Or maybe I just like using the lists along with everything else, exactly the way Ratliff suggests. Because if I combine the Post’s bestseller list with the promotion I see for “big” books in the accepted literary markets along with the most-read lists, I’m seeing a lot of book purchases based on that promotion, but not a lot of fiction reads. (It’s different for nonfiction.)

Which fascinates the heck out of me as someone who thinks about promotion a lot.

Someone else might toggle the list with some other pet project of theirs. And this list is eminently combinable.

And a bit fun.

I am in the middle of an intense workshop right now. I had hoped to get ahead on my blogs before the workshop started, but best laid plans and all that. So if I respond a bit more slowly to comments and such, it’s because I’m sitting in front of people and discussing fiction, which is something I love.

I also love writing this blog. I love your feedback. Last week, you might have nagged me into a new series. We’ll see how I’m feeling.

In addition to being reader inspired, this blog is also reader supported. So, if you feel like leaving a tip on the way out, use the PayPal link below. If you feel like doing longer-term support, then head on over to Patreon. And thank you!

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“Business Musings: Bestseller Lists Again,” copyright © 2018 by Kristine Kathryn Rusch. Image at the top of the blog © Can Stock Photo / andrewgenn.


7 thoughts on “Business Musings: Bestseller Lists Again (Or Chicken Little Is Wrong. Again.)

  1. For those of us who aren’t consistent bestsellers (yet), “best of” lists are a godsend.

    I was thrilled that CBC Books recommended Human Remains alongside Maureen Jennings and Louise Penny ( and that CBC’s The Next Chapter spotlighted both Human Remains and Stockholm Syndrome.

    It’s a bit like high school. I may never become Homecoming Queen by popular vote, but it feels good to be recognized by intelligent, discriminating readers. It helps discoverability, but mostly, I’m grateful because it motivates me. Yes! Someone wants me to keep going!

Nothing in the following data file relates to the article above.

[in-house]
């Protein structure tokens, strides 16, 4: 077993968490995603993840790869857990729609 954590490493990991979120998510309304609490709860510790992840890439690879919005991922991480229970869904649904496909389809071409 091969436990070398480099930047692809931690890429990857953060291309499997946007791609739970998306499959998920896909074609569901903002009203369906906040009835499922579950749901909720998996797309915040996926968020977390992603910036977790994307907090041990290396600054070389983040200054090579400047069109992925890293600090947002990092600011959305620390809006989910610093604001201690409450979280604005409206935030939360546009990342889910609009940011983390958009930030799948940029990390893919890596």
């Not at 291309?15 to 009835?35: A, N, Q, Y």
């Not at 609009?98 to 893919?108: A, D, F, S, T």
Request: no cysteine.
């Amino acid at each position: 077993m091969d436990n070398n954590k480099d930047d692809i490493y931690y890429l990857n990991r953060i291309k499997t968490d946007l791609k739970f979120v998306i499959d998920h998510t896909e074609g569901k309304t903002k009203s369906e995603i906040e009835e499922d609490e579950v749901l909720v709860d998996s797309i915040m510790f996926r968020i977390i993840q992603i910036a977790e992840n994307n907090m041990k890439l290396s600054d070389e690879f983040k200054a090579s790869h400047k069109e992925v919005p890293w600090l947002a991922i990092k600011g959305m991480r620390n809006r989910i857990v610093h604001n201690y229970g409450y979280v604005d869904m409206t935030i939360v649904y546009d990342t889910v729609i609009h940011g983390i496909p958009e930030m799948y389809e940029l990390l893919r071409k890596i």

Melissa Yi

  2. I just remembered I bought Origins and haven’t read it yet. LOL My TBR pile, both paper and digital, can be seen from space.

    I have to admit I never look at bestseller lists as my tastes are a trifle unique (though, obviously, I do read many of the big bestsellers, too). I tend to get many of my recommendations from the books my Goodreads “friends” read and/or review or mark “Want to Read.” And I read a lot of what I guess you could call classic literature, or at least older books from the 19th century and early 20th century. I’m also being introduced to a lot of the typical mainstream bestsellers with my book group at work–we seem to read a lot of Reese Witherspoon-recommended books. One of the women who formed the group was so worried I wouldn’t want to read them because I read fancy-schmancy literature, as they know I am a Jane Austen fan, but little do they know John Grisham is an auto-buy for me (and we work at a law firm!). Some of them I like (Eleanor Oliphant was WONDERFUL) and some not so much, which makes sense.

    I guess my point is that I have so many ways to discover books, and not enough time to read all that I want to read! But I think everyone has that problem.

  3. I actually like How to Win Friends and Influence People – but, I’m from a Aspberg-y family, few of whom had a clue how to socialize with regular people. For me, it was a how-to that helped me integrate into regular society, start making friends – and getting boyfriends – and, eventually, marry and raise a family.

    You’re probably more naturally sociable. Don’t discount the book because you didn’t need it. It was a lifeline for me.

    1. I’m not discounting it for that reason. I was verbally bludgeoned with its aphorisms for 7 years from an ex=husband. I think of him every time I see that book and associate it with him. Hence the tiny rant.

  4. Bezos of Amazon also owns the Post, so I’m pretty sure it wasn’t the publishers who caused this list to come into being. It might be great for us, but it’s also free advertising for Jeff.

    There are so many good writers whose entire career is on Kindle (and other platforms), so I’m glad to see that they might have a chance to get more notice.